#11: The Patriarchy and its Hurricanes

Our 11th prompt comes from Guchu. She asks:

How do you speculate patriarchy contributed to hurricanes traditionally being given female names?

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Guchu,

I love this question. I remember asking my mother why hurricanes were given the names they were in 1998. She had no clue, and back then we didn’t have Google, so we both just had to let that one go.

I remained curious about this, and when I was in uni, on some idle day, I researched this topic. In 1950, a formal storm naming system was developed for the Atlantic Ocean by the US National Hurricane Center. Before that, they used latitude and longitude numbers to designate them, but this was mostly useful for meteorologists and confusing for everyone else. The names followed an alphabetical order, but they still were confusing since they were used repetitively. So you’d have to say Hurricane Able of 1950, Hurricane Able of 1951 and so on.

In 1953, this system was revised, and storms were now to be given female names. In the 1970s, a growing number of women became meteorologists, and persisted in pointing out the sexism in this practice. In 1979, they were successful in getting the naming system changed, and now, storms receive both male and female names.

I posit there are many reasons people thought it was okay to give storms exclusively female names. One, sailors have for a long time thought of the sea as female. Nature in general is thought of as feminine (Mother Nature) because of the life giving aspect, which can be compared to a mother’s incubating and birthing of a baby. We expect nature to nurture us, protect us, nourish us, and so on. These are traits that are associated with women in the patriarchy, hence the feminization.

Sailors were also fond of projecting their thoughts on women to the sea. It is not unusual to read books that describe the sea as such (I made this up): She was beautiful; mysterious. Quiet, but harbouring great potential for havoc. I wanted to conquer her.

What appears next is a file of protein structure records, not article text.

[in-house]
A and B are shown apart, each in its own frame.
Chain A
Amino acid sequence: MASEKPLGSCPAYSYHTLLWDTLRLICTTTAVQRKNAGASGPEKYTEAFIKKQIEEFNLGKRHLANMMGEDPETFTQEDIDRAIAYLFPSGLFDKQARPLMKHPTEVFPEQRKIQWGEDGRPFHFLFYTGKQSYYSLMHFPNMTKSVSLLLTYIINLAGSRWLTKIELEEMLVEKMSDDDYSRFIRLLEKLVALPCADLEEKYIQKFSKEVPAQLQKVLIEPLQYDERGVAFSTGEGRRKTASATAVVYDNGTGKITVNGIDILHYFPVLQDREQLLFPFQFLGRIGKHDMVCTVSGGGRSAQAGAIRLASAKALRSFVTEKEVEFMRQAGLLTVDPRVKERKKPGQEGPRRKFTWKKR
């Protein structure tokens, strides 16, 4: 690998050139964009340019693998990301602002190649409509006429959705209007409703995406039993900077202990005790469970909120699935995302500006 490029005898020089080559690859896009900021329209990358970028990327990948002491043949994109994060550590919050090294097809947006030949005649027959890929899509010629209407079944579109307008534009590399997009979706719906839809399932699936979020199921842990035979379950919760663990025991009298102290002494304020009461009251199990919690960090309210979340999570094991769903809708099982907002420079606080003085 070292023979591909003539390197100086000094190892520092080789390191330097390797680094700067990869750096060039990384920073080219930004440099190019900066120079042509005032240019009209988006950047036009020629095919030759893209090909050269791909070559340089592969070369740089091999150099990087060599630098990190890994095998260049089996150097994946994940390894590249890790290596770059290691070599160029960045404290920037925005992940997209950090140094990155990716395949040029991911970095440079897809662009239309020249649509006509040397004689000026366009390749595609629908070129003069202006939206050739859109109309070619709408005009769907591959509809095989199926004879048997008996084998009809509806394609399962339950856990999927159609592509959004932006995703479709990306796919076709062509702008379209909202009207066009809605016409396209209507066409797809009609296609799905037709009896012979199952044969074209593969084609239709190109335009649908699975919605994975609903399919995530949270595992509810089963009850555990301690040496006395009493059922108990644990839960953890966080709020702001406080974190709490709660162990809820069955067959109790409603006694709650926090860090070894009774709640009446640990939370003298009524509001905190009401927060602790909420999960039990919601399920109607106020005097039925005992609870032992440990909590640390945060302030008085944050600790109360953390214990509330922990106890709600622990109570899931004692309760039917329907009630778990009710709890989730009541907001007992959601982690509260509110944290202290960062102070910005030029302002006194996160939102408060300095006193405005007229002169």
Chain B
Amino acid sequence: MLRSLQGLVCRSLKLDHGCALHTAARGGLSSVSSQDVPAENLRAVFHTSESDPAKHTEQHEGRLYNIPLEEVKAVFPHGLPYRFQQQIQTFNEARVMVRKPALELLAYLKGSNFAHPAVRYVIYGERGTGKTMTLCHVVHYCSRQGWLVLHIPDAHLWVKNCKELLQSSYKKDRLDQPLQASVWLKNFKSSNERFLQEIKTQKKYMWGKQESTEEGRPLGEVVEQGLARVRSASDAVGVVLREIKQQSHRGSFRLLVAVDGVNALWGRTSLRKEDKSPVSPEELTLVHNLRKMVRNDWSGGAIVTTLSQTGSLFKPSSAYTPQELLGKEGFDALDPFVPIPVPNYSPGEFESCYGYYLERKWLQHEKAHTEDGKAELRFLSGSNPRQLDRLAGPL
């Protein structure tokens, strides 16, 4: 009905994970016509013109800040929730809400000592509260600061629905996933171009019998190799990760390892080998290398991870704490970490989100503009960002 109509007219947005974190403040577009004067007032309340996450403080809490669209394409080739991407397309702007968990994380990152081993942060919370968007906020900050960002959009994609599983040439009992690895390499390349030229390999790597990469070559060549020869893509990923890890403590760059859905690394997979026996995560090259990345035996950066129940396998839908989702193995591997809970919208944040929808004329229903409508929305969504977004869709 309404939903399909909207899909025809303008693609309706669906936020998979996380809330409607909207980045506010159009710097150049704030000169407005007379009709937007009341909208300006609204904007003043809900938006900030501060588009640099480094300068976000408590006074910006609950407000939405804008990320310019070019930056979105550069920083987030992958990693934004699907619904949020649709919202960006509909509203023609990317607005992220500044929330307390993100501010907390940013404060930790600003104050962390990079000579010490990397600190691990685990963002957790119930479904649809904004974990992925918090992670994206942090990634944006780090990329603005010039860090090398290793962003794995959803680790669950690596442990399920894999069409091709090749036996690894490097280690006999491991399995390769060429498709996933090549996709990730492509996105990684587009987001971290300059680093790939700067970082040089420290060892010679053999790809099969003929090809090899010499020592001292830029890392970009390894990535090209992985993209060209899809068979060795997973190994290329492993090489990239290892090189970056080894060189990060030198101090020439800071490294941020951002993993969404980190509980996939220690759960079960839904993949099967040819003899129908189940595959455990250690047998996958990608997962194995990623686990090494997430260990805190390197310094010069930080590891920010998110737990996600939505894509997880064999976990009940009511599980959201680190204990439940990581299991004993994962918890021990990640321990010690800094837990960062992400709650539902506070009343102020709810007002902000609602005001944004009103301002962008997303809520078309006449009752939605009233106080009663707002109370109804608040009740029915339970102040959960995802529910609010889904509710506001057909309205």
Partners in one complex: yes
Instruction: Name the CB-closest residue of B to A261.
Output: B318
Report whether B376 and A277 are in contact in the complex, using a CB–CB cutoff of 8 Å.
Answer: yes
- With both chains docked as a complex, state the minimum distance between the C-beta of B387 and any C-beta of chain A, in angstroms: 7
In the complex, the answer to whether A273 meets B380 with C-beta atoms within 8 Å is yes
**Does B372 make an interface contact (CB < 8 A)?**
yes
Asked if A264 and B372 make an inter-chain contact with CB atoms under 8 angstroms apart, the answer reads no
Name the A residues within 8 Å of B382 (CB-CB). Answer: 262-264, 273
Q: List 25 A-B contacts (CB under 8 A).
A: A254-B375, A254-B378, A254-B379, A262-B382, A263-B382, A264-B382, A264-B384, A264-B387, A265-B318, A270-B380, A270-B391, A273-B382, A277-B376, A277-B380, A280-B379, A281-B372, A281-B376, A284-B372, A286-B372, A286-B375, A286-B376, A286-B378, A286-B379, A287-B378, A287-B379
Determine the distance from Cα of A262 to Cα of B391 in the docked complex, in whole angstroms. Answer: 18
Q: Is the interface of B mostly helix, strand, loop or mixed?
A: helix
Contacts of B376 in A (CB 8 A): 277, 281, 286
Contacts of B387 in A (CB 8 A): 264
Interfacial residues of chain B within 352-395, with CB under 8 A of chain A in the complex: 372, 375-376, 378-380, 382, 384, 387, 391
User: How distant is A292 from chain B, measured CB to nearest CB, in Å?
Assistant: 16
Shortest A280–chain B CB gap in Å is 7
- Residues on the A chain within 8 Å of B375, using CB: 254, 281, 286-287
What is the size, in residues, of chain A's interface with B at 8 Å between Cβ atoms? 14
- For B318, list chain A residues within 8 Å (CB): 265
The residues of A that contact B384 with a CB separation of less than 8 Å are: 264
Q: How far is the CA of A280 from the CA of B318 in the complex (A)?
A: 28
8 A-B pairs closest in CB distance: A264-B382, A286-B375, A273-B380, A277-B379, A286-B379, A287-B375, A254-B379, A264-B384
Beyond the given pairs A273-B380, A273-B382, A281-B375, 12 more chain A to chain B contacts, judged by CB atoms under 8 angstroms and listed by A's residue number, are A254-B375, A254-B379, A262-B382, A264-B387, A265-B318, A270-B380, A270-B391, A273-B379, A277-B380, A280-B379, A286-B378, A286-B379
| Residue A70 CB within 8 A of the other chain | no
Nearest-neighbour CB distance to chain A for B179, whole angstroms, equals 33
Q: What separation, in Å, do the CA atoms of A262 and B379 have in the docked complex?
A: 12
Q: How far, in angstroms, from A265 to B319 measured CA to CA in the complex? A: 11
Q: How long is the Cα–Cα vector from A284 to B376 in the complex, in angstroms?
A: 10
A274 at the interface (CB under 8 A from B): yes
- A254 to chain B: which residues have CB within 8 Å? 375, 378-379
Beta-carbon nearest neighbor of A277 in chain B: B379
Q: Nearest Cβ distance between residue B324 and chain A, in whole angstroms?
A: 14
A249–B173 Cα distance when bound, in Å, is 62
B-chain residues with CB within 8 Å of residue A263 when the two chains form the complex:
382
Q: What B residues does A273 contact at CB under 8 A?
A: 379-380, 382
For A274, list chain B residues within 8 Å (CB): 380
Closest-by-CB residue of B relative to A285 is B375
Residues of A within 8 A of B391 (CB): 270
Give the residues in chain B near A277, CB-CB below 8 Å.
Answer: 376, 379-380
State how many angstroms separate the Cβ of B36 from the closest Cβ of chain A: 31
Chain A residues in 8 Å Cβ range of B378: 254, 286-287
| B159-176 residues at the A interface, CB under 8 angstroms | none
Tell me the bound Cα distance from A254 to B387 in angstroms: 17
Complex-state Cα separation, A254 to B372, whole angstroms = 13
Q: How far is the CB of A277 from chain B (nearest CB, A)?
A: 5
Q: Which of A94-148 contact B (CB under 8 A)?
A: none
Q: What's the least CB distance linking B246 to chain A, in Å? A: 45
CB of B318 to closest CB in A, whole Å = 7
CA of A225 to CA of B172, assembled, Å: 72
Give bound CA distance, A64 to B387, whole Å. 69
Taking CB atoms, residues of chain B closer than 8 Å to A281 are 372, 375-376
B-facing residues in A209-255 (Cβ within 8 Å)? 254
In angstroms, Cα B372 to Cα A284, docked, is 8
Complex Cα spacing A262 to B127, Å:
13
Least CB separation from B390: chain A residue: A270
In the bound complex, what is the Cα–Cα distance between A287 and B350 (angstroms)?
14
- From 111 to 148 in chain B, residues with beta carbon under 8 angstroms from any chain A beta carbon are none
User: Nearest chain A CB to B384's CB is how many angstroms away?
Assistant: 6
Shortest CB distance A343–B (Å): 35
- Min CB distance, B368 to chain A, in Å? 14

Sailing provided opportunities for conquest, which is why ships were also named after women. According to the patriarchy, women also exist to be conquered by men. Think of it as Adam putting his “rib” back (shudder).

There’s also the fact that “irrational anger” is associated with women by patriarchal men (and women), and in the 1950s meteorology was chock full of men. In Kikuyu, strong winds that leave destruction in their wake are called Ngoma cia Aka – the spirits/demons of women. Men, according to the patriarchy, are perfectly logical beings, while women cannot be understood. They are irrational – when they are angry, they cause destruction. Along comes a hurricane, doing the same things men think women do. The men have a light bulb moment – hurricanes are obviously female.

I laughed when I read that some men in the 1970s thought that male named storms would not be taken seriously. Apparently, they lacked the romance and urgency that female named storms had. I never thought the word romance could be used to describe a storm. I hope these men were alive in 2014, when it was found that female named storms cause more damage and claim more casualties because people just don’t take them as seriously. The lesson in all this, I believe, is that women simply can’t win under the patriarchy.

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This post is part of a daily writing experiment that I’m running for a year. I’d love it if you took part! 🙂

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